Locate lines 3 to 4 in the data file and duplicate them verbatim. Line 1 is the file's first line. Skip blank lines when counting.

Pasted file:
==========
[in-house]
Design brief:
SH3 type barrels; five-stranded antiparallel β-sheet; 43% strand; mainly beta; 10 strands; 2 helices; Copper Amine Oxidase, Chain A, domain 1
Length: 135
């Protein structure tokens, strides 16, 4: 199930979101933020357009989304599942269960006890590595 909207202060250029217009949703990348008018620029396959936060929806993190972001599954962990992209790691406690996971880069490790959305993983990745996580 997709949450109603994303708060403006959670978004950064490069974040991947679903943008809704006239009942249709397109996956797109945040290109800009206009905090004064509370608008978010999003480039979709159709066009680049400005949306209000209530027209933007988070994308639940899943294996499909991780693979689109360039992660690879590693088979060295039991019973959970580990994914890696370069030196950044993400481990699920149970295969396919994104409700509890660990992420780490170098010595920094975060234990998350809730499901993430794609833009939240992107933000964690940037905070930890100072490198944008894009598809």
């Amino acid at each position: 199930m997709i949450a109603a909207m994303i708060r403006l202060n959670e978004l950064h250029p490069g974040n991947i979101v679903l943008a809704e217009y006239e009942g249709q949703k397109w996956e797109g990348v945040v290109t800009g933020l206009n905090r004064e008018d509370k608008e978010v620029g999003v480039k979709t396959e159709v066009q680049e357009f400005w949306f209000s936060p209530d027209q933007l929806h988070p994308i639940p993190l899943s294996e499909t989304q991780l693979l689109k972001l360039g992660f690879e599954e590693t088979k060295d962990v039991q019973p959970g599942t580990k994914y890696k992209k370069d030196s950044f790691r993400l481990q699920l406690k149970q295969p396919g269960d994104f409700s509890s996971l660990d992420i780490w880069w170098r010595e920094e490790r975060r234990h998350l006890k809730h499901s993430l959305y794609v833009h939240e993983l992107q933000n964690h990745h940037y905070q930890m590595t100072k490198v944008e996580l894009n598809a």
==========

SH3 type barrels; five-stranded antiparallel β-sheet; 43% strand; mainly beta; 10 strands; 2 helices; Copper Amine Oxidase, Chain A, domain 1
Length: 135